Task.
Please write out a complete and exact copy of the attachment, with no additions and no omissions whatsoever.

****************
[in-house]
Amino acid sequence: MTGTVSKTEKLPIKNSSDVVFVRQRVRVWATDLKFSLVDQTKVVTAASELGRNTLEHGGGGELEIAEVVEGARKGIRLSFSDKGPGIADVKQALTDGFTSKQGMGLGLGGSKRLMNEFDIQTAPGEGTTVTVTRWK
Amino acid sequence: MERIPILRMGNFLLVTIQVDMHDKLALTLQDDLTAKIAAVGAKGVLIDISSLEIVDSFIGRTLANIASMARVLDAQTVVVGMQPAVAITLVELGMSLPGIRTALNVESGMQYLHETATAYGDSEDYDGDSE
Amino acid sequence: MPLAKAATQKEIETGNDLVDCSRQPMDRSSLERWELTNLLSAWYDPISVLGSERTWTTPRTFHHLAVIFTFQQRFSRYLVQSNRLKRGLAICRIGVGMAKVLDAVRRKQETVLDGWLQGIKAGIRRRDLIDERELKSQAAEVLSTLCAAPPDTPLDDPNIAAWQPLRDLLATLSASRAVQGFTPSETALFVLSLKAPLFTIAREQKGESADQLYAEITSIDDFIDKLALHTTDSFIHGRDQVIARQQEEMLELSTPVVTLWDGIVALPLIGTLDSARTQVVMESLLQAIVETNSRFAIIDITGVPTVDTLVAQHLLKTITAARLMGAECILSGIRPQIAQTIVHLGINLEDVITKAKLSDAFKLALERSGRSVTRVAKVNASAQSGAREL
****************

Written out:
[in-house]
Amino acid sequence: MTGTVSKTEKLPIKNSSDVVFVRQRVRVWATDLKFSLVDQTKVVTAASELGRNTLEHGGGGELEIAEVVEGARKGIRLSFSDKGPGIADVKQALTDGFTSKQGMGLGLGGSKRLMNEFDIQTAPGEGTTVTVTRWK
Amino acid sequence: MERIPILRMGNFLLVTIQVDMHDKLALTLQDDLTAKIAAVGAKGVLIDISSLEIVDSFIGRTLANIASMARVLDAQTVVVGMQPAVAITLVELGMSLPGIRTALNVESGMQYLHETATAYGDSEDYDGDSE
Amino acid sequence: MPLAKAATQKEIETGNDLVDCSRQPMDRSSLERWELTNLLSAWYDPISVLGSERTWTTPRTFHHLAVIFTFQQRFSRYLVQSNRLKRGLAICRIGVGMAKVLDAVRRKQETVLDGWLQGIKAGIRRRDLIDERELKSQAAEVLSTLCAAPPDTPLDDPNIAAWQPLRDLLATLSASRAVQGFTPSETALFVLSLKAPLFTIAREQKGESADQLYAEITSIDDFIDKLALHTTDSFIHGRDQVIARQQEEMLELSTPVVTLWDGIVALPLIGTLDSARTQVVMESLLQAIVETNSRFAIIDITGVPTVDTLVAQHLLKTITAARLMGAECILSGIRPQIAQTIVHLGINLEDVITKAKLSDAFKLALERSGRSVTRVAKVNASAQSGAREL